By Tim Culpan, Bloomberg
TAIPEI, Taiwan — Huaku Development Co., Taiwan’s fourth-largest developer, will increase investment in commercial projects next year to take advantage of a drop in material prices as the residential property market slows.
Half of the company’s projects by value will be commercial in 2009, compared with none this year and “virtually nothing” the previous two years, said Johnson Yeh, a spokesman for Taipei-based Huaku. The three buildings will only generate income starting in about 2011 because they must be built first, he said.
“Unlike residential, for commercial property you don’t do presales, you have to complete the building before selling it,” Yeh said in a phone interview yesterday. “Given that raw material prices have fallen, right now is a good time to build.”
Commercial property may also be appealing to mainland Chinese investors, Yeh said. Taiwan President Ma Ying-jeou took office in May on a pledge to allow investments from China. Taiwan, run separately from China since the civil war ended in 1949, now restricts mainlanders’ purchases of real estate.
“We believe that if Taiwan does open its economy to China and allows Chinese to start buying property, then most likely that will start with commercial property,” Yeh said.
Residential projects are selling more slowly than Huaku forecast, Yeh said. The company has joined Farglory Land Development Co., Taiwan’s largest builder, in doubling the amount of time it expects to take to sell projects.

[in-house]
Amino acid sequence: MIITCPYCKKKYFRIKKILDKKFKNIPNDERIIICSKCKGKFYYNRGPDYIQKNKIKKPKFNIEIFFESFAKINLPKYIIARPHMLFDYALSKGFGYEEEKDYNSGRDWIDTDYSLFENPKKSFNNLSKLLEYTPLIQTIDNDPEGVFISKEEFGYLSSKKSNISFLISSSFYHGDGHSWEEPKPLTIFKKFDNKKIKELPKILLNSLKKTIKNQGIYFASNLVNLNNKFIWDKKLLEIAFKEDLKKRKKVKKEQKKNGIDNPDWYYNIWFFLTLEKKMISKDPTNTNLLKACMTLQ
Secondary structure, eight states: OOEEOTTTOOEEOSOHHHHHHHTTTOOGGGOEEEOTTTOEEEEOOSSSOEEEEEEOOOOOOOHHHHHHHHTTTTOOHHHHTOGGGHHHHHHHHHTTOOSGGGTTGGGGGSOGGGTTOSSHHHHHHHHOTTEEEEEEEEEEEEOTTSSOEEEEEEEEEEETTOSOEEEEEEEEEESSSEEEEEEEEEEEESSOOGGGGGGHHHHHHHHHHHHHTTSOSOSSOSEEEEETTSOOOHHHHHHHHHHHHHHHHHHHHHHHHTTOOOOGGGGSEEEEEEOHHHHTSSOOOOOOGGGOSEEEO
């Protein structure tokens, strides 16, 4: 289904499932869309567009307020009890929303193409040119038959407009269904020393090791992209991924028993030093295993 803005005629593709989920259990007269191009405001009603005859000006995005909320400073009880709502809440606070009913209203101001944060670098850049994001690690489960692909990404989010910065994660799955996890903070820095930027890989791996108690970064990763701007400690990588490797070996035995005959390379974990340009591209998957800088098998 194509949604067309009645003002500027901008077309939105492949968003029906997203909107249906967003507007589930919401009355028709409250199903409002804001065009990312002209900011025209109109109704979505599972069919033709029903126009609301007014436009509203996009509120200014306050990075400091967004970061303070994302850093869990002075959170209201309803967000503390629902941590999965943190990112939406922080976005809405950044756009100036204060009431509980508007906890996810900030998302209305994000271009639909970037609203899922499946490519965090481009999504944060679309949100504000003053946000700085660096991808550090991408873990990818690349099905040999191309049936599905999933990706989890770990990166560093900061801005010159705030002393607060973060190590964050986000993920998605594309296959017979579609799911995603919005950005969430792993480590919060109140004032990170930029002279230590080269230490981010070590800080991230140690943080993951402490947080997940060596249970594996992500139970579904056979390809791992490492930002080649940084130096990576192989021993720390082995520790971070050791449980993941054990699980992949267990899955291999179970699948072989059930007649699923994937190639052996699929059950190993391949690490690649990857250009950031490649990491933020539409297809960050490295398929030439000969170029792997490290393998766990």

Huaku expects to complete sales of two residential projects in Taipei’s Nangang district as late as the second quarter of next year, rather than in October 2008 as it forecast when it began marketing in April, Yeh said.
Huaku shares have fallen 45 percent this year, dropping 3.4 percent to NT$29.65 today in Taipei. The stock has outperformed a 55 percent plunge in the 34-member Taiwan TWSE Construction Index. The company will likely put the first of five residential projects next year on sale in the second quarter, Yeh said. Taiwan’s developers typically sell about 75 percent of a housing project before starting construction. “We’ve got to test the market a little bit,” Yeh said.
“We’ll have to see if the world economy and the stock market have stabilized, because right now the overall confidence is low.”